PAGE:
(Cross-post from Iyashikei)
In part 1, we learned about how the idealism of early tape-traders caused the business aspect of the Western anime market to diverge from the fanbase, and how that paradigm seeks to usher in an era of aggressive localization in an attempt to grow the Western anime market.
To reiterate from part 1, core principles are a business’s areas of zero compromise, concepts they will not betray, even if it means making more money. Outside of core principles, businesses are driven by their incentives, the things they are rewarded for having, being, or doing.
When an incentive isn’t blocked by a core principle, the business is free to move in that direction.
Because the earliest anime licensing firms weren’t bound by core principles of accuracy and artistic purity, they were free to capitalize of the incentive to heavily edit and re-market anime shows as something they weren’t.
Perhaps as an extension of that paradigm, much of the modern Western anime market has no incentive to build bridges between the Western and Japanese anime fandoms, and hold no core principles that move them in that direction. Instead, they are incentivized to grow their own version of anime culture, which won’t hold them to standards as stringent as would a culture that values being close to the Japanese side of things.
Contrast with Aniplex of America, whose connection with Aniplex and collector-focused strategy incentivize them to not hurt their parent company’s brand and cost them money by putting out an altered product, or Fakku!, which became a legitimate licensor through a deal with Wanimagazine that was predicated on the core principle of letting fans of erotic manga experience their media in as authentic a way as possible while supporting the artists and companies that make it.
It’s a balancing act, where some companies are okay with having a smaller audience if it means that audience will be happier with their product, while other companies try to expand their markets, sometimes doing questionable things to their product in service of that.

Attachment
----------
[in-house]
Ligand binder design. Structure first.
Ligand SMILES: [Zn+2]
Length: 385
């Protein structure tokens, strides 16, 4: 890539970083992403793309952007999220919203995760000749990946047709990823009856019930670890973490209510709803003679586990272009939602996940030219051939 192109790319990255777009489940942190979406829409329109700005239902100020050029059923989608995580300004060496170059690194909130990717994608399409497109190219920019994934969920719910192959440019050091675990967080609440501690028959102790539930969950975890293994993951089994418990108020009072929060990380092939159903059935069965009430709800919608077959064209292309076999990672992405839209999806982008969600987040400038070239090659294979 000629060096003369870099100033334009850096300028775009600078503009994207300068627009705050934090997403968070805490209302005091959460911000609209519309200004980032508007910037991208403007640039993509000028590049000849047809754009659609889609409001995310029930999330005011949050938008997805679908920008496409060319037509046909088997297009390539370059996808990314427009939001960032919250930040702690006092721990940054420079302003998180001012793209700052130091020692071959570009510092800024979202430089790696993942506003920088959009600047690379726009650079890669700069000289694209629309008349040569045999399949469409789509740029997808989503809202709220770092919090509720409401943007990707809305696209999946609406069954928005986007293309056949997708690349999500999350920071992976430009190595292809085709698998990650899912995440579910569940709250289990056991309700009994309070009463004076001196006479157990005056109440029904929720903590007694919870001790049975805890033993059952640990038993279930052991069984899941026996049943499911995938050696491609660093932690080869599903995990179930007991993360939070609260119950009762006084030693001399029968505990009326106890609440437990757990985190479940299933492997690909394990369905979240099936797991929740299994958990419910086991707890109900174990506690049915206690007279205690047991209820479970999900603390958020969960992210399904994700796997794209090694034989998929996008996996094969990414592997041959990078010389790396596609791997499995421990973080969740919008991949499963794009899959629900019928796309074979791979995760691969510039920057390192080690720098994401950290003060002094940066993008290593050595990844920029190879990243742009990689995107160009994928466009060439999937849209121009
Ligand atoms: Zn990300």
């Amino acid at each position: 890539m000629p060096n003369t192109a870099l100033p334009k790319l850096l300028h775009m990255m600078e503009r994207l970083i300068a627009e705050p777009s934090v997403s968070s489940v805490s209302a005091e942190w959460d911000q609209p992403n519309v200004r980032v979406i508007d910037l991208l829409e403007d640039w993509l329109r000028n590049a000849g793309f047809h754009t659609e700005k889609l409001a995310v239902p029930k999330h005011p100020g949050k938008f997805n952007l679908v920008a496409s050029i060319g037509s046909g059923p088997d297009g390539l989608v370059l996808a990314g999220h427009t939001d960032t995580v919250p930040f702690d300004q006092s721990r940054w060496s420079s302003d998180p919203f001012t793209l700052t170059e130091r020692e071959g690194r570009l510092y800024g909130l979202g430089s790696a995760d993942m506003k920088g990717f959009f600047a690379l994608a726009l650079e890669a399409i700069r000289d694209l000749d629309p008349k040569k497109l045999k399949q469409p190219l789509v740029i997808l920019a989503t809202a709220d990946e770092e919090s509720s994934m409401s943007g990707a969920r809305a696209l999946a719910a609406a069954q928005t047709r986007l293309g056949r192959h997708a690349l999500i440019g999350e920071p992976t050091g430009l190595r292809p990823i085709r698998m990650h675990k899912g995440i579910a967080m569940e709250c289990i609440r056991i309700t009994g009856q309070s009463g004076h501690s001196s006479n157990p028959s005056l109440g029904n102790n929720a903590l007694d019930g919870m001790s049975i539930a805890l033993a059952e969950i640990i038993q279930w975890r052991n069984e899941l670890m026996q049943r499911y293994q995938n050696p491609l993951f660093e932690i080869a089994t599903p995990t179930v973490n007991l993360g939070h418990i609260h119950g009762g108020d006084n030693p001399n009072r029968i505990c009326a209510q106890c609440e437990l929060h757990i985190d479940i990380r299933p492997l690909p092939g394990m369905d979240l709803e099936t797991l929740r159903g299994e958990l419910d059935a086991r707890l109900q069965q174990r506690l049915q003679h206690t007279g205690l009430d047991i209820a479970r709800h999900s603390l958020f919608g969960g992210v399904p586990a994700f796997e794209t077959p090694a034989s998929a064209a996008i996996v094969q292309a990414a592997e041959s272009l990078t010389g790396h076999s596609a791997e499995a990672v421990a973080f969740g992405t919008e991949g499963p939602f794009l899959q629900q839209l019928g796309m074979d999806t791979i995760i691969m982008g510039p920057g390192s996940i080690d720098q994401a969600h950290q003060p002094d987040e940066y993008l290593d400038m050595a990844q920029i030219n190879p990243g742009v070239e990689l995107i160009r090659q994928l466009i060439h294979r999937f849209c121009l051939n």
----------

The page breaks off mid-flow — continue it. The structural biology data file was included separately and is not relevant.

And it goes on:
Some in the anime community insist that the latter method is necessary, as global revenue is now an important factor in helping companies producing media stay afloat.
For things like mass-market consumer goods, the latter is a sustainable strategy. However, for a niche medium like anime, there exist some fundamental truths that make that strategy attractive in the short term, but a failure for the long term.
In Japan, anime discs are expensive because it was found that collectors would buy them at high prices, but less dedicated consumers often wouldn’t buy them, even at low prices. Appealing to collectors is difficult, however. This is especially true in the West, where we’re quick to label passion “obsession” when it goes “too far.” In order to appeal to collectors, a product has to meet their high standards, which means developing products gets more expensive and the company putting the product out has less freedom (Especially in a market like anime licensing and distribution).
As a result, we see three things from companies trying to expand their markets: Tactics meant to make anime cheaper for the consumer, marketing that revolves around “supporting the industry” (making buying their products a moral obligation), and alterations to the original work in an attempt to make it appeal to a wider audience.
The reason this doesn’t work long-term is because it invariably leads to creating a product customers fundamentally do not want. Eventually, either desired features (or quality) will be cut in order to make a product cheaper, or a product will undergo changes from a localization standpoint that fans never wanted. This is why “support the industry” becomes part of the marketing strategy: Create a moral obligation around buying your product and people will buy it even if they don’t really want it.
But when you create a product people fundamentally don’t want, you also make it easier to justify not buying it. Industry sectors seeking “support” would do better to cater to those hard-to-please collectors than to cultivate their own consumerbases, who will only stick around as long as their product is cheap enough and sanitized enough.
Meanwhile, those hard-to-please collectors who, in an ideal world, would love to “support the industry” by buying these products, end up giving their money and loyalty to companies who can be trusted to put out high-quality, faithful releases, and who trust their consumers to buy those products, rather than companies who chase volume and sacrifice their product to do so.
Aggressive localization may sound like a good solution for the increasing global market share of anime and otaku media, but it’s not sustainably. The solution is much more difficult: Destigmatize dedication to the hobby, cultivate interest in the medium’s Japanese origins, and understand the business models behind the anime market, both at home and abroad.
And it has to come from the fans, as the corporate structure surrounding anime here in the West will only go so far in that direction, and will go in the complete opposite direction if it benefits them.
1 thought on “Is Aggressive Localization Sustainable for Anime? – Part 2”
Pingback: Could Non-Exclusive Anime Licenses Work? » Otaku Entrepreneur